The plastics maker joins the Covid-19 champion in donating 15,000 clips to prevent glasses from fogging up glasses worn by MidCentral DHB employees

Paul Elmey, owner of AC Plastics, inspects two injection molded plastic nose clips that are fresh off the production line.

WARWICK SMITH / stuff

Paul Elmey, owner of AC Plastics, inspects two injection molded plastic nose clips that are fresh off the production line.

A feilding maker stepped up to support a Covid champion who spent thousands of dollars and countless hours making masks more comfortable.

Palmerston North wind farm technician Ben Robertson began 3D printing nose clips that prevent glasses from fogging up while wearing masks after several people complained about it on social media during the August lockdown.

He initially gave them away for free, but when demand got too great, he asked individuals to pay $ 2.50 to cover the cost of the clips he donated to medical workers.

AC Plastics has now come on board, increasing production capacity ten-fold, and enabling Robertson to donate 15,000 clips to the MidCentral District Health Board by the end of this week.

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Paul Elmey, owner of AC Plastics, said his wife and business partner Julie Elmey read about Robertson on Stuff and the couple decided to support his efforts.

“People just don’t give anything for free these days, it’s all about the almighty dollar.

“It would be great if more people could join in as Ben thinks.”

AC Plastics makes all types of durable, injection molded plastics from 100 percent recycled material.

Elmey said it was all food and medical plastic, so it would be particularly good for an item that will be donated to medical workers.

Robertson said the Elmeys were originally intended to cover the cost of the form of production, but in the end it was significantly more expensive than initially thought.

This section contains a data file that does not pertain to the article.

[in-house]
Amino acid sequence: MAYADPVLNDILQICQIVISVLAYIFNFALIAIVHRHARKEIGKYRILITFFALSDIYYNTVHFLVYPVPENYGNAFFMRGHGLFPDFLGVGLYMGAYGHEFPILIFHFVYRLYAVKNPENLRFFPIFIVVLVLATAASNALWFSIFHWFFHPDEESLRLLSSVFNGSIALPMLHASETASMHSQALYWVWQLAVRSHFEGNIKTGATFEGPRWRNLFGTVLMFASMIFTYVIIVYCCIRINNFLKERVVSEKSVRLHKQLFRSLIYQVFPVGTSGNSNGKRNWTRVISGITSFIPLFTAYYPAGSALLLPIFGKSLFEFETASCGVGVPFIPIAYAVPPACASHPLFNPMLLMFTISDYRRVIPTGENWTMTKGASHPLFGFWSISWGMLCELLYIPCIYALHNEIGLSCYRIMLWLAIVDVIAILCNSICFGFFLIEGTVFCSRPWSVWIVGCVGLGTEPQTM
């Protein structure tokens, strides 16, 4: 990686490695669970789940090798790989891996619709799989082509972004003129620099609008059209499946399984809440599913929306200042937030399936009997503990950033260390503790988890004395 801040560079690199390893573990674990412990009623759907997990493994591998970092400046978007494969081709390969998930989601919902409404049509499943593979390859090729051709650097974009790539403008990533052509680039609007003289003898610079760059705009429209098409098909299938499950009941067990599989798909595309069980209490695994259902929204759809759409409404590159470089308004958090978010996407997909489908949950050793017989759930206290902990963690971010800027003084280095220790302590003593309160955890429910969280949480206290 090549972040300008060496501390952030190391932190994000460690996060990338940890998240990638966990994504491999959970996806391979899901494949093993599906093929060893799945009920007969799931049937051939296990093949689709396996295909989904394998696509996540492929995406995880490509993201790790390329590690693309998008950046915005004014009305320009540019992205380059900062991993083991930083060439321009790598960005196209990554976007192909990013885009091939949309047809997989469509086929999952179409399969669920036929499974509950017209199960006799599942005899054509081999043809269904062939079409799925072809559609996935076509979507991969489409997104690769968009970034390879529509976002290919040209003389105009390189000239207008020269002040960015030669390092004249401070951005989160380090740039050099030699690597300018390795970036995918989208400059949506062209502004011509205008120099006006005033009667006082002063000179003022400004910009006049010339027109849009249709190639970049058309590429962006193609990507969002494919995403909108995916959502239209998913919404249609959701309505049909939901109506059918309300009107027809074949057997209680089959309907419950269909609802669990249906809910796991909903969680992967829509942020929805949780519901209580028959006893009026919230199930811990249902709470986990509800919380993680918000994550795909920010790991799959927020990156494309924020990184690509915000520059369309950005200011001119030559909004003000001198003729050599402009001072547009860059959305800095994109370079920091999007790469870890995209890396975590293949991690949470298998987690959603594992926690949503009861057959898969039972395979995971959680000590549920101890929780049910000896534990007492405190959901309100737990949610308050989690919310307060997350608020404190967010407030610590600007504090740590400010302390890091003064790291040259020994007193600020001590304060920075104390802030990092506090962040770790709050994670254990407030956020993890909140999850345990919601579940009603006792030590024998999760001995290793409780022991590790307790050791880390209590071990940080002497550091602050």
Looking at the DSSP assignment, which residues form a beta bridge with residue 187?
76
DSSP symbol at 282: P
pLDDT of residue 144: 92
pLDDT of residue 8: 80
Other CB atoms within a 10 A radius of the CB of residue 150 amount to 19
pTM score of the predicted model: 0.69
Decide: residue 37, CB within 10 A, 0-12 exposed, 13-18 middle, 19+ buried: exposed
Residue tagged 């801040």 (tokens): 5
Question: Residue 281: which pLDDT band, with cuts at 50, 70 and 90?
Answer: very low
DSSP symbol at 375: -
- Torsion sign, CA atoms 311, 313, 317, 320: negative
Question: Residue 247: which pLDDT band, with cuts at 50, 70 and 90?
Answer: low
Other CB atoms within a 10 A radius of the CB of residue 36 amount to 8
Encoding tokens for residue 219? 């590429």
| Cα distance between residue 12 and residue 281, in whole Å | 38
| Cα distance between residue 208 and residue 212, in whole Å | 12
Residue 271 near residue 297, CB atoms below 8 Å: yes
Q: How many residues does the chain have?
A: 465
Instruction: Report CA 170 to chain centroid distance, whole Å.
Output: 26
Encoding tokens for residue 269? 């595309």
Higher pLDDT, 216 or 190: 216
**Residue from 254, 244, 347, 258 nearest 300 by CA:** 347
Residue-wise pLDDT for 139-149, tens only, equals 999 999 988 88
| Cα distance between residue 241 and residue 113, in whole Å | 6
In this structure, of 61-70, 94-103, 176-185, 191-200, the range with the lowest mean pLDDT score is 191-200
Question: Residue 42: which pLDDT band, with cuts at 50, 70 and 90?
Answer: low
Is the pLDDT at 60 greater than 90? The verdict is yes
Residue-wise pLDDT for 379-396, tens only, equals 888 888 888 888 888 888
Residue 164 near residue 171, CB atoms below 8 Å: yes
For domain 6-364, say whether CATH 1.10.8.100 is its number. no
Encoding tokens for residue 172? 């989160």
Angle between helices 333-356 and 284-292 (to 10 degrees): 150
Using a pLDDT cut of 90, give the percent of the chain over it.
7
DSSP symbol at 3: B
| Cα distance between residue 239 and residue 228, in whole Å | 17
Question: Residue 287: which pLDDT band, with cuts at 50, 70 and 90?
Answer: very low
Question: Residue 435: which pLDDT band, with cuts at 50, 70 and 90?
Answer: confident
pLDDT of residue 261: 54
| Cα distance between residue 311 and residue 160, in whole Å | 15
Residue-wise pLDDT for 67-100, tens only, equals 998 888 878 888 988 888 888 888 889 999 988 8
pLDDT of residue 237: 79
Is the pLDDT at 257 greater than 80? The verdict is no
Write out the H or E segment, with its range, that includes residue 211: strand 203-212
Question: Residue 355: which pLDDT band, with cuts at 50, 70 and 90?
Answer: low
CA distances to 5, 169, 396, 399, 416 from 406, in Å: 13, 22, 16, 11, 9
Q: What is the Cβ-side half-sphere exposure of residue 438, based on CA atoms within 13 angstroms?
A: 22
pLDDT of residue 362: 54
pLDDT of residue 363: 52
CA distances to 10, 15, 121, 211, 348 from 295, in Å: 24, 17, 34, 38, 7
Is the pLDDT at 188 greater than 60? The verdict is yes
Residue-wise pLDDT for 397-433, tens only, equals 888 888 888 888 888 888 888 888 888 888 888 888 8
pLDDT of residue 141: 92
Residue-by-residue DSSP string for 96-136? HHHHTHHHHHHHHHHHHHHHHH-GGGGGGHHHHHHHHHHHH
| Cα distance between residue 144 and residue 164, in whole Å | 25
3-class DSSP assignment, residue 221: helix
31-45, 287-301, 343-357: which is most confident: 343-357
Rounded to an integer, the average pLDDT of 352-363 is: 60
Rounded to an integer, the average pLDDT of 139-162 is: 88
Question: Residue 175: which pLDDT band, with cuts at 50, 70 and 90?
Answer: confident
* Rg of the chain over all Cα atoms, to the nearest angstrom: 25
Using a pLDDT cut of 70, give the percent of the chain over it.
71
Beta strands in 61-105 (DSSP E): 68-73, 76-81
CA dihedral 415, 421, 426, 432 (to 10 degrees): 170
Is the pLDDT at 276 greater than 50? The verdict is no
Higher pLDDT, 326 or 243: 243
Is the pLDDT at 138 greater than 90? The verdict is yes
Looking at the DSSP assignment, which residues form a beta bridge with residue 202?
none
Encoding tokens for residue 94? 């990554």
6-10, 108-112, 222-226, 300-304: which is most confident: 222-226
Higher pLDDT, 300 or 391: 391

So he and his wife, Sana Robertson, paid $ 18,000 to have it made.

The Elmeys donated the material cost and time for AC Plastics’ machines, which were still a sizeable contribution, he said.

Ben Robertson 3D printed the mask clips at home and distributed them to the community.  At first completely free, but then for a small fee to cover the cost as more and more people asked for it.

DAVID UNWIN / stuff

Ben Robertson 3D printed the mask clips at home and distributed them to the community. At first completely free, but then for a small fee to cover the cost as more and more people asked for it.

Since September, Robertson has expanded its home operations to seven 3D printers. He made and shipped 800 nose clips a day.

With AC Plastics on board, it was almost 9,000. It also means that Robertson now plans to sell a couple of its printers on Trade Me with a $ 1 reserve – with the proceeds going to health care charities.

Robertson said the additional production would also allow him to expand outside of Manawatū and donate to family doctors, health clinics and DHBs in other regions.

He just wasn’t quite sure how to deal with it yet, since his current endeavors were taking up almost all of his free time.

“We focused on Palmerston North first because that’s where we live and it’s the easiest to get to.”

Robertson said he would be very interested to hear from anyone who could help expand sales in other regions.

The nose clips can be ordered for $ 2.50 each, which allows Robertson to donate two clips to medical staff through www.art-isan.co.nz.

He can be contacted through the same website.

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